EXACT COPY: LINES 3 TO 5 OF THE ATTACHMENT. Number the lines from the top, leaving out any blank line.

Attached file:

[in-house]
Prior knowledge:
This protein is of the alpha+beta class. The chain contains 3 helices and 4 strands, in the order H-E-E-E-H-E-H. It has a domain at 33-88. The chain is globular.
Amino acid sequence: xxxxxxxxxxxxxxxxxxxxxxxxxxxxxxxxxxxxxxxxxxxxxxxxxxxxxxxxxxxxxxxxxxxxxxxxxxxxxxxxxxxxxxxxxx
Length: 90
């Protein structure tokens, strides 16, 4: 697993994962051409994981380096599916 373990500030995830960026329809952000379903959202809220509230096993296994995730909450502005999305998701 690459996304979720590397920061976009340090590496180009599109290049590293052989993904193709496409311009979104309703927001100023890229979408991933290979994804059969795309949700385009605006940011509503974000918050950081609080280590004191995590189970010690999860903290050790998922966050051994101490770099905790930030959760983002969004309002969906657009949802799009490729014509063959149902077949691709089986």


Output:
This protein is of the alpha+beta class. The chain contains 3 helices and 4 strands, in the order H-E-E-E-H-E-H. It has a domain at 33-88. The chain is globular.
Amino acid sequence: xxxxxxxxxxxxxxxxxxxxxxxxxxxxxxxxxxxxxxxxxxxxxxxxxxxxxxxxxxxxxxxxxxxxxxxxxxxxxxxxxxxxxxxxxx
Length: 90